The flotation vessel can be any suitable tank or vessel in which flotation separation process can be undertaken. Suitable flotation vessels include mechanically agitated cells or tanks, flotation columns, Jameson cells, horizontal flotation tanks, vertical flotation tanks or the like. In one embodiment, the flotation vessel comprises a vertical vessel. In another embodiment, the flotation vessel comprises a horizontal vessel. Preferably, the horizontal vessel includes one or more separation barriers or internal walls which substantially divide the vessel into at least two internal chambers.
It is preferable that the contaminants floated by the gas bubbles are separated from the treated water within the flotation device. In some embodiments, a skimming device or process is used to achieve this contaminant-water separation. Any suitable skimmer arrangement can be used including (but not limited to) weir skimmers, oleophilic skimmers, drum skimmers or the like.
In some embodiments, the flotation vessel includes one or more weir skimmers. Weir skimmers function by allowing the oil floating on the surface of the water to flow over a weir. Preferably, the flotation vessels in these embodiments also include a hydraulic skimming arrangement for enhancing the separation of the surface layer of contaminants from the waste water. In these embodiments, a flotation vessel utilizes hydraulic skimming mechanisms to create surface flow patterns and surface velocity drive surface proximate oil and contaminants to push the contaminant layer over a weir. Of course, this type of skimming generally requires careful placement of the weirs relative to the changer inlets and outlets. Turbulent zones within the vessel are also critical.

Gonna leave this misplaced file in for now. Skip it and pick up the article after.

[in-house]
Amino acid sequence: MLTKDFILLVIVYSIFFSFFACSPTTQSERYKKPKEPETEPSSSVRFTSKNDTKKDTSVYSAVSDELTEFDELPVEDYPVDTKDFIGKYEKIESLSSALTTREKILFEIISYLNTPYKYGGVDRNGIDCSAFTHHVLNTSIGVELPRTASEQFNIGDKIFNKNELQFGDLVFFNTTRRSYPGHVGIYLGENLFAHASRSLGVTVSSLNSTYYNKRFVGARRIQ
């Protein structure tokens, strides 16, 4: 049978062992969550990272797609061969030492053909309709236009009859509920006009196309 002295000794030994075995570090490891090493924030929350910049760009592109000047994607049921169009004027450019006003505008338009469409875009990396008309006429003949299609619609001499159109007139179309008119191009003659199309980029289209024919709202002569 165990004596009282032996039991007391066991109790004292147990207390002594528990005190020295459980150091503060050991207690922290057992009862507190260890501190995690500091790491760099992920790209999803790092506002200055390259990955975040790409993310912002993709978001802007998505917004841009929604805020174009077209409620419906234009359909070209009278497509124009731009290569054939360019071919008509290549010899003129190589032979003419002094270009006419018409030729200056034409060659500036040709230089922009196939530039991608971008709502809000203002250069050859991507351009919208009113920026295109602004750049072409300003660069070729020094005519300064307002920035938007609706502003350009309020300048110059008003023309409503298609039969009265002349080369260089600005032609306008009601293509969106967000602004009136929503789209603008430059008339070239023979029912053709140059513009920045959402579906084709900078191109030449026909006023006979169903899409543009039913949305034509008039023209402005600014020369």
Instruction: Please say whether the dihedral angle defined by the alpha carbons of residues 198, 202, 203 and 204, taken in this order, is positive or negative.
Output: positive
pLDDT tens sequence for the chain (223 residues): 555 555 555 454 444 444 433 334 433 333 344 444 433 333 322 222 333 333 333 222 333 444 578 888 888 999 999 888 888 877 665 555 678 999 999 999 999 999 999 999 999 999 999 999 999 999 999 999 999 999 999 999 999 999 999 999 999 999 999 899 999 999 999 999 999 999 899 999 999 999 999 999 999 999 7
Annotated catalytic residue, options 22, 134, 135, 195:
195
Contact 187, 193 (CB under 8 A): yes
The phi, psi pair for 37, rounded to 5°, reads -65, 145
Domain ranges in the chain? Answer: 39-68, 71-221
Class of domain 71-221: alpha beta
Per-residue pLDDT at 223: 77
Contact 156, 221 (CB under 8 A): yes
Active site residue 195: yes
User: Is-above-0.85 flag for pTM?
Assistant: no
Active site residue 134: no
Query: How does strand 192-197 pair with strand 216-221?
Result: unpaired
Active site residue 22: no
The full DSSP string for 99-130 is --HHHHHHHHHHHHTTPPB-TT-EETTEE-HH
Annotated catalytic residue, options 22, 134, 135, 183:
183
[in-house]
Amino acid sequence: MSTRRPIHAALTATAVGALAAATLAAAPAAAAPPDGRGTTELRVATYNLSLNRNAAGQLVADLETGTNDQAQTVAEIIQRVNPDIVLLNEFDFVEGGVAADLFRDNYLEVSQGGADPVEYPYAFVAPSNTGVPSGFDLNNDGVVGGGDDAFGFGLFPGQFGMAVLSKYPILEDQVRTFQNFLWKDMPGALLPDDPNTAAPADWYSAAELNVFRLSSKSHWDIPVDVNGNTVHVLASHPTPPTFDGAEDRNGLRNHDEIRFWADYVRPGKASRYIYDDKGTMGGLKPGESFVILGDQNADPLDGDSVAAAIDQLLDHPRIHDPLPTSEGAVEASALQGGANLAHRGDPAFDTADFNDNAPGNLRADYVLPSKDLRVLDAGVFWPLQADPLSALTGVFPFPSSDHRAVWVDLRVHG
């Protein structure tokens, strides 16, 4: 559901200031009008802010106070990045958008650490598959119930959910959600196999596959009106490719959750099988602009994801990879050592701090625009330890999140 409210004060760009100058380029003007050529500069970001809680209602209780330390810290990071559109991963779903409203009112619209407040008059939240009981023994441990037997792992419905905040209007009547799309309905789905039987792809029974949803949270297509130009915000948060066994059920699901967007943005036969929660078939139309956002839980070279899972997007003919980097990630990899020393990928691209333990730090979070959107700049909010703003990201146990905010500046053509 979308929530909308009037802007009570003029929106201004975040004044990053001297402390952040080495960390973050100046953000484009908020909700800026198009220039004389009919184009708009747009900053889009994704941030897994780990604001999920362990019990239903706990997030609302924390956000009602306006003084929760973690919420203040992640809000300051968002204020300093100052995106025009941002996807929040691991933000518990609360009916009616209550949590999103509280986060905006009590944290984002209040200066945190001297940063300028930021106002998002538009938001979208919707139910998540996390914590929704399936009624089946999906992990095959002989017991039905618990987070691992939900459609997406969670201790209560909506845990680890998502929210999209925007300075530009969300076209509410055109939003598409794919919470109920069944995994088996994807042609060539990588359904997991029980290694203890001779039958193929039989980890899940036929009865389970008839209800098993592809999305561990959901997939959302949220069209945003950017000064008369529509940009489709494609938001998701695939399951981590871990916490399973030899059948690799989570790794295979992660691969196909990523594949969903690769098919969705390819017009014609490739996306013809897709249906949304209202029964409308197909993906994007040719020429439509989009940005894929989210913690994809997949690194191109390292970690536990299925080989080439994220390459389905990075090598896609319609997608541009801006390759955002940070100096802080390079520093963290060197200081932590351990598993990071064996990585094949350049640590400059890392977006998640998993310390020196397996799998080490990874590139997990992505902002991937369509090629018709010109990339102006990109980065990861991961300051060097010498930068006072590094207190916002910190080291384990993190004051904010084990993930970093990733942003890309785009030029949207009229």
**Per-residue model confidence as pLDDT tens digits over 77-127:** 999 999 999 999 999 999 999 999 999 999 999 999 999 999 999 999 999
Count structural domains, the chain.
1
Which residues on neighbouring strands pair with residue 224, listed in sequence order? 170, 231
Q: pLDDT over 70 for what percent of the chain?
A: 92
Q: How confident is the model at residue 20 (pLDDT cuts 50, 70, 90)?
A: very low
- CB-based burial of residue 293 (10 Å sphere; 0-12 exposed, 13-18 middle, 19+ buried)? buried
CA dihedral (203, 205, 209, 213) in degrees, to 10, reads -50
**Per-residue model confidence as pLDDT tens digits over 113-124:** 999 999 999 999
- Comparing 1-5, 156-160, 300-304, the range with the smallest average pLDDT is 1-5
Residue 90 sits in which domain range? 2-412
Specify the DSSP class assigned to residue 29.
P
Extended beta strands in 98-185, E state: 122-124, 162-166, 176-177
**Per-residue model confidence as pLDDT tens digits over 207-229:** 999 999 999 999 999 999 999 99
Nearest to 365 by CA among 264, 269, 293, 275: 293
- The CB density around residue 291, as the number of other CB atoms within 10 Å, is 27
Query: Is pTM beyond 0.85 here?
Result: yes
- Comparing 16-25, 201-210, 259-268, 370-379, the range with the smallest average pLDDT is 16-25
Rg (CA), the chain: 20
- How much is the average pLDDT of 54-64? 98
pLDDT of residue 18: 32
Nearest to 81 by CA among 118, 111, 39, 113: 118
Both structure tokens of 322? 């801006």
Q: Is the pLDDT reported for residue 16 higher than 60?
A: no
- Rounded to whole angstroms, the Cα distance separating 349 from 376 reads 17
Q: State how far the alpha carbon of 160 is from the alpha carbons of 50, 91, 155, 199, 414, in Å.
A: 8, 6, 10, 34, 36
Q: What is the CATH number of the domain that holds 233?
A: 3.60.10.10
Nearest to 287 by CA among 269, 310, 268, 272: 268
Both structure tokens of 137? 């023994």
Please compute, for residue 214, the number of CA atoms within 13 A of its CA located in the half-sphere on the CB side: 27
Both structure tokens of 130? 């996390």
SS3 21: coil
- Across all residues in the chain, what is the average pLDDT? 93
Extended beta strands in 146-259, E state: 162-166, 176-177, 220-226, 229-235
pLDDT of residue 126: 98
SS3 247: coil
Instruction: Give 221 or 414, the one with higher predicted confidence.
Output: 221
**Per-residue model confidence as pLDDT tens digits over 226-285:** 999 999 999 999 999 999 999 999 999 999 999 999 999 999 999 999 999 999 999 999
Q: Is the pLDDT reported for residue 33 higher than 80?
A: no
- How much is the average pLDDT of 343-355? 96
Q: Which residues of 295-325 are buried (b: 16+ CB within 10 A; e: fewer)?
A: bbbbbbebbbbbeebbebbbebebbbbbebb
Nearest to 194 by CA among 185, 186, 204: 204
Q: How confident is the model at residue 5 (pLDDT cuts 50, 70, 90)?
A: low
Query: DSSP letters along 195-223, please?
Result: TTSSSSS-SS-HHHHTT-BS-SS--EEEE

In some embodiments, the flotation separator further includes a bubble coalescer following the bubble generator. The bubble coalescer may be located between the bubble generator and the flotation cell, attached to the bubble generator or form part of the flotation cell. The bubble coalescer functions to coalesce the bubbles generated from the bubble generator to larger diameters, where larger size bubbles are preferred for flotation separation. For example, where the bubble generator generates bubbles of between ˜30 to 50 microns, the bubble coalescer may be used to obtain a bubble diameter of between ˜40 to 120 microns. In a preferred form, the bubble coalescer comprises a coalescence pad. However, it should be appreciated that any suitable bubble coalescing technique/system would be applicable.
A flotation separator according to the present invention can be used to separate contaminants from any suitable type of waste water. In one preferred embodiment, the waste water treated in the separation process according to the present invention comprises produced water from a production separator. As can be appreciated, in this embodiment the gas bubbles are used to substantially recover the residual oil content from the produced water. However, it should be appreciated that the gas flotation process will also result in capturing a range of other contaminants that may be present in the water, other than hydrocarbons.